Research study on the legal liability of autonomous robotics

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Research study on the legal liability of autonomous robotics

I found really interesting a study from 2020, titled “Legal liability for Autonomous Robotics”, made by Dr. Safaa Fatouh Gomaa, Member of the Faculty of Law of the Egyptian Mansoura University, a study related to legal issues regarding liability related to Artificial Intelligence products, but more specifically, in the production of autonomous robotics.

According to the European resolutions of 2017 and 2018, according to Gomaa, the liability rules cover cases where the cause of the robot’s actions or missteps can be attributed to a specific human agent such as the manufacturer, the machinist, the holder or the manager, and where this representative could have foreseen and circumvented the robot’s dangerous conduct. He also adds that since digital technologies are constantly evolving, due to, patches, updates and software extensions, influencing the behaviour of all mechanisms of the system, it is crucial to identify responsibilities among the different actors in the AI supply chain.

Given the complexity of the topic to be covered, the researcher has divided the paper into three sections; section 1 is the historical, international and legal framework for Robots; section 2 is about identifying the legal responsibility for autonomous industrial robotics; finally, section 3 gives an overview of his conclusions.


Robot concepts began as legends. Many early myths included non-natural persons, such as the automated handmaids built by the Greek god Hephaestus. In ancient Egypt, religious statuettes, made of rock, iron or wood, were made, which were dynamic and played a vital role in religious ceremonies. In the New Kingdom of Egypt, from the 16th century BC until the 11th century BC, the ancient Egyptians routinely referred to these statues for advice, to which they responded with a movement of the head.

In ancient China, the implications of humanoid automata were discussed in Liezi, a compilation of Taoist texts, which became a classic. In Chapter 5, King Mu of Zhou is touring the West and after asking the craftsman Master Yan ‘What can you do?’, an artificial man was presented to the royal court. The mechanization was indistinguishable from a human and performed various tricks for the king. However, when the artificial man apparently began to joke with the women present, the craftsman cut the automation to pieces and revealed the inner workings of the artificial man.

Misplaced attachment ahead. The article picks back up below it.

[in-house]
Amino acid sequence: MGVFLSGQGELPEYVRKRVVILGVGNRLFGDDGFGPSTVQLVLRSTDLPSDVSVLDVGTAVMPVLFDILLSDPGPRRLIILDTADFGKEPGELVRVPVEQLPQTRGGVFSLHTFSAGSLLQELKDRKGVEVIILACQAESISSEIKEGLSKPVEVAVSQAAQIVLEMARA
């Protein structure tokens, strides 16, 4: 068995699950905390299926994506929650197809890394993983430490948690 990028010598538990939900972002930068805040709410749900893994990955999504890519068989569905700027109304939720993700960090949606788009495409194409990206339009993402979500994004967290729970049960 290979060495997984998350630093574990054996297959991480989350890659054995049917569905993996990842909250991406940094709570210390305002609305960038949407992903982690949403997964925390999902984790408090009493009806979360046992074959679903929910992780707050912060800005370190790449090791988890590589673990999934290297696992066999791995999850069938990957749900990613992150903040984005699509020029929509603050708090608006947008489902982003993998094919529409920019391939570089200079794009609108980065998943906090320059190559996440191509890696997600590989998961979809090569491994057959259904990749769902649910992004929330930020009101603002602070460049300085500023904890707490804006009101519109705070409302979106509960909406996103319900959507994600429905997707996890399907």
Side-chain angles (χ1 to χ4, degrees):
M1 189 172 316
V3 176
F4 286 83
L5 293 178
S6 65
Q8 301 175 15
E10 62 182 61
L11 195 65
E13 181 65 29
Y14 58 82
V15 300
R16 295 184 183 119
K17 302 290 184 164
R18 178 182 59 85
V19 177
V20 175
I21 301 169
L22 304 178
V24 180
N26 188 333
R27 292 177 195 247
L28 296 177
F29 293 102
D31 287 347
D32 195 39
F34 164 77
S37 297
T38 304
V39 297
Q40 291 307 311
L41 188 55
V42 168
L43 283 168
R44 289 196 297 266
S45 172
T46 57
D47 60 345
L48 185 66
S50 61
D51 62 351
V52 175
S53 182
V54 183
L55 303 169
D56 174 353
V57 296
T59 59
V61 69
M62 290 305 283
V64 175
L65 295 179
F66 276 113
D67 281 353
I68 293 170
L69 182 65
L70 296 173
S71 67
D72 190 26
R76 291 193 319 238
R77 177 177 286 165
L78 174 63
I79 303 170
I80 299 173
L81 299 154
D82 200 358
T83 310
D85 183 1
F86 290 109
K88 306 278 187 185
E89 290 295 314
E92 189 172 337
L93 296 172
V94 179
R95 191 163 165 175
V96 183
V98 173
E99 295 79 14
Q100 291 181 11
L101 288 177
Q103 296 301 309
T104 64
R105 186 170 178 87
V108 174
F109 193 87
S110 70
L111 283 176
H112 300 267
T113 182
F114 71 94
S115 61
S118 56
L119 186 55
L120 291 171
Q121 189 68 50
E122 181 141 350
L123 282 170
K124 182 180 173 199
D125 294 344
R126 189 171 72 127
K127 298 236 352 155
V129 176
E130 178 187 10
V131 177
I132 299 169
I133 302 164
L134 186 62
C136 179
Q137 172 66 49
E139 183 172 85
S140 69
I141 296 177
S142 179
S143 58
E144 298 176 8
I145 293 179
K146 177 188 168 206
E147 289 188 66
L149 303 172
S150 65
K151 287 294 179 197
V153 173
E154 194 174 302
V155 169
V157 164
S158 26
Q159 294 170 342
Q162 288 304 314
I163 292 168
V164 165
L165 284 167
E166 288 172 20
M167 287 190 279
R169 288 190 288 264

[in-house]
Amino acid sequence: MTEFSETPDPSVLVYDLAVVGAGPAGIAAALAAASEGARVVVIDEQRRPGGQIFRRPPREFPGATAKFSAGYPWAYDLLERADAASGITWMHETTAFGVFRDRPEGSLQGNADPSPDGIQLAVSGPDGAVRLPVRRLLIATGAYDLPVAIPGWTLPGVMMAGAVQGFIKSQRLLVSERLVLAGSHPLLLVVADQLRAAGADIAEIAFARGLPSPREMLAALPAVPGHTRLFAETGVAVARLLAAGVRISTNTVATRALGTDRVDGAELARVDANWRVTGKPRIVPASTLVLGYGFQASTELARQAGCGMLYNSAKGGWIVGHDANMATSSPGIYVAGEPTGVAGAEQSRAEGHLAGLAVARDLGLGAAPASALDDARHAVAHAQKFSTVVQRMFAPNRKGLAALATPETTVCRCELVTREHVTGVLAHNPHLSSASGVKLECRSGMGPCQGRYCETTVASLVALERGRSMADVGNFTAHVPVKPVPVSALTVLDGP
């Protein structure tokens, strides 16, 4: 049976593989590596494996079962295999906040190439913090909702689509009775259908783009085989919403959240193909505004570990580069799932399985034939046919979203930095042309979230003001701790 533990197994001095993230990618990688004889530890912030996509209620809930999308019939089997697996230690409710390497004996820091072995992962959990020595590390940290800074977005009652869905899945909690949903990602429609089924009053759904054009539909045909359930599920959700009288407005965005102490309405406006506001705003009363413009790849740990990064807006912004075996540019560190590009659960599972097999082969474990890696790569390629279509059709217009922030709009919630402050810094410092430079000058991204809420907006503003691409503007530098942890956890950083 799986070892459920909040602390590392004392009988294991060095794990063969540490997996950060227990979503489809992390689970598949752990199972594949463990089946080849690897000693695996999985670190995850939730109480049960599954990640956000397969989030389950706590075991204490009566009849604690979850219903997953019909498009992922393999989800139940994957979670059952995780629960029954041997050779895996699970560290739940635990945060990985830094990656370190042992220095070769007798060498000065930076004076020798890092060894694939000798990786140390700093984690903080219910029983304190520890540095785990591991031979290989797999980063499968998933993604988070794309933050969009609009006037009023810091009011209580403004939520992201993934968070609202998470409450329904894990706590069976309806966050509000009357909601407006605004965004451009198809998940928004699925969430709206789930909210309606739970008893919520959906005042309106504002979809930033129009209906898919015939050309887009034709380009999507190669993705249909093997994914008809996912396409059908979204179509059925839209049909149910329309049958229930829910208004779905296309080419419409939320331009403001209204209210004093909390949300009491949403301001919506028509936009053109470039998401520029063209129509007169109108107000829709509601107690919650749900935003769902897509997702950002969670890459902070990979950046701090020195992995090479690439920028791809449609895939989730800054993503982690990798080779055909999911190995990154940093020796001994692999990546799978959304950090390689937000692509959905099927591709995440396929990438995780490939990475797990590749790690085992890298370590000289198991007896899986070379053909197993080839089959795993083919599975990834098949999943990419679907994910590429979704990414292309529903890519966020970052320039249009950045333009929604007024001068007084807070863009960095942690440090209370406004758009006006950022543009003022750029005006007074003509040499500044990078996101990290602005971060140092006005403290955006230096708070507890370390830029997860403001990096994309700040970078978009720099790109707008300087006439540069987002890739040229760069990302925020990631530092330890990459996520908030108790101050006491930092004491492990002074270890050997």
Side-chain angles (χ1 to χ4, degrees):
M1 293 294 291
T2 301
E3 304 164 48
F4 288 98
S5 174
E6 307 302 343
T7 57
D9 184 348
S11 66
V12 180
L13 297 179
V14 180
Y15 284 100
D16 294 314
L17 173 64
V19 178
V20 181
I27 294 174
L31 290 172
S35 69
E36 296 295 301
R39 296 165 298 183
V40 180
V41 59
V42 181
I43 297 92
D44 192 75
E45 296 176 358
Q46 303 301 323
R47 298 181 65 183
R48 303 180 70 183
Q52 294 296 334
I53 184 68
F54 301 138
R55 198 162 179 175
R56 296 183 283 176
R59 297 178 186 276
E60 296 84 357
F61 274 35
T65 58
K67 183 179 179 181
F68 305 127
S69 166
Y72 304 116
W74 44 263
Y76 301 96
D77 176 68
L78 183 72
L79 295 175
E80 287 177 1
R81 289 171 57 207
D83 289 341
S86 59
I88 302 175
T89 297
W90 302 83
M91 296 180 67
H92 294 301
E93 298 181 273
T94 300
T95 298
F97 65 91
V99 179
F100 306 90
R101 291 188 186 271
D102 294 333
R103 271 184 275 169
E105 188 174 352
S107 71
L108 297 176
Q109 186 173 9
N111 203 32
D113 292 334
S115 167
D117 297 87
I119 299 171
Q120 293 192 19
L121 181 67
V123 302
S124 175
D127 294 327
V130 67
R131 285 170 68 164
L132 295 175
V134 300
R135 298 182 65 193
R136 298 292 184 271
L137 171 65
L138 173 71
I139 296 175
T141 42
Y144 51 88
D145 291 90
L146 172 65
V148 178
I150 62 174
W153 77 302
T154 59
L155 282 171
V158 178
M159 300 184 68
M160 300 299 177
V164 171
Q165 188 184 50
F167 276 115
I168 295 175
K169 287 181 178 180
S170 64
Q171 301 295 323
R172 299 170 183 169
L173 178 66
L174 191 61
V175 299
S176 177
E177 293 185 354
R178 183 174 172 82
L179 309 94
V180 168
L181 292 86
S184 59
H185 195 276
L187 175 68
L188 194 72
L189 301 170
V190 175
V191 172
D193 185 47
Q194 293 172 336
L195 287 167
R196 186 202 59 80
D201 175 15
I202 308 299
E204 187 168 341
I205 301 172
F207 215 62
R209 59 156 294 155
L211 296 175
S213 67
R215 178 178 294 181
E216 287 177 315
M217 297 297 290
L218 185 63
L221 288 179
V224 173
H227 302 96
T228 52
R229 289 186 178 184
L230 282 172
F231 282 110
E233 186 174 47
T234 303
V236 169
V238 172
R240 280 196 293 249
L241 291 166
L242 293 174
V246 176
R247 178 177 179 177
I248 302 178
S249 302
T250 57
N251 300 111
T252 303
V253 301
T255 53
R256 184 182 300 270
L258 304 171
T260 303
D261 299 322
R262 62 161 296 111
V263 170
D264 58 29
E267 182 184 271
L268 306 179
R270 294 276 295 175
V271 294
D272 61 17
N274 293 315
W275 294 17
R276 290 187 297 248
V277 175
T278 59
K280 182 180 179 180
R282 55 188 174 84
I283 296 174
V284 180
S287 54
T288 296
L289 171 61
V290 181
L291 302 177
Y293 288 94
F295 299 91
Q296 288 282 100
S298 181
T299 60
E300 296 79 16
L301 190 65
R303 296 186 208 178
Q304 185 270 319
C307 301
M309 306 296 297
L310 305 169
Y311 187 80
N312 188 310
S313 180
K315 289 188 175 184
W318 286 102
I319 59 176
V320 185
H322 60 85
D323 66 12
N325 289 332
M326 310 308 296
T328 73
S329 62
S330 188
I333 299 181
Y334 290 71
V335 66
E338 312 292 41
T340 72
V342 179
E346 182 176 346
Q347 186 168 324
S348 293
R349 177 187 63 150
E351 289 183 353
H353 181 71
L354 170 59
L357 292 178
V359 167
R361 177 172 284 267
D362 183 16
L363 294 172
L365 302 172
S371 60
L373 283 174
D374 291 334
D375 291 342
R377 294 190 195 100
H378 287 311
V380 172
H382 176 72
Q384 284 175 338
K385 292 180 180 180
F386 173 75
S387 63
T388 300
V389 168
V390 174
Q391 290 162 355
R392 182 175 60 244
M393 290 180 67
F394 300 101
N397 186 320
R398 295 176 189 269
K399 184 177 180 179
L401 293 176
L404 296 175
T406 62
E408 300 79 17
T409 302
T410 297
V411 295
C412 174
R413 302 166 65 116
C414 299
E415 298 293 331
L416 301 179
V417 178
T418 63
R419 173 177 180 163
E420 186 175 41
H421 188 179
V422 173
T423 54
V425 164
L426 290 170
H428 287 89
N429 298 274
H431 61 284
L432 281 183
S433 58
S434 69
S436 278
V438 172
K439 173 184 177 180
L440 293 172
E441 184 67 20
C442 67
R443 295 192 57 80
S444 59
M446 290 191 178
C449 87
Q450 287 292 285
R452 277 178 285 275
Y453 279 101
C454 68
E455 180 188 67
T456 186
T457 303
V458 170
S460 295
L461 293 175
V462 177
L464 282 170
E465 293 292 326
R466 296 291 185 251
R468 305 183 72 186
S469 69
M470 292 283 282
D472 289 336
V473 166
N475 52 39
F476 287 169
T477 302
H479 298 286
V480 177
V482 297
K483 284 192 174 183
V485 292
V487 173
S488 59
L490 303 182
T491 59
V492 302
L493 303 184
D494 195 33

“In ancient European times, Albertus Magnus supposedly built an entire android, which could perform some domestic tasks. But it was debunked by Albert’s pupil, Thomas Aquinas, because it disturbed his thinking. The best known myth concerned a bronze head invented by Roger Bacon, which was ruined or destroyed after losing its operational momentum. Automata similar to humans or animals were common in the fantastic worlds of primitive literature”.

“One of the last Alexandrian engineers, Hero of Alexandria (10–70 BC) created a fictional theatre of automata, where the figurines and stage moved by mechanical means.

The Byzantines inherited the knowledge of automata from the Alexandrians and further industrialised it to build water clocks with gear mechanisms. The knowledge of how to make automata passed to the Arabs. Harun al-Rashid built water clocks with complex hydraulic jacks and moving human figures.”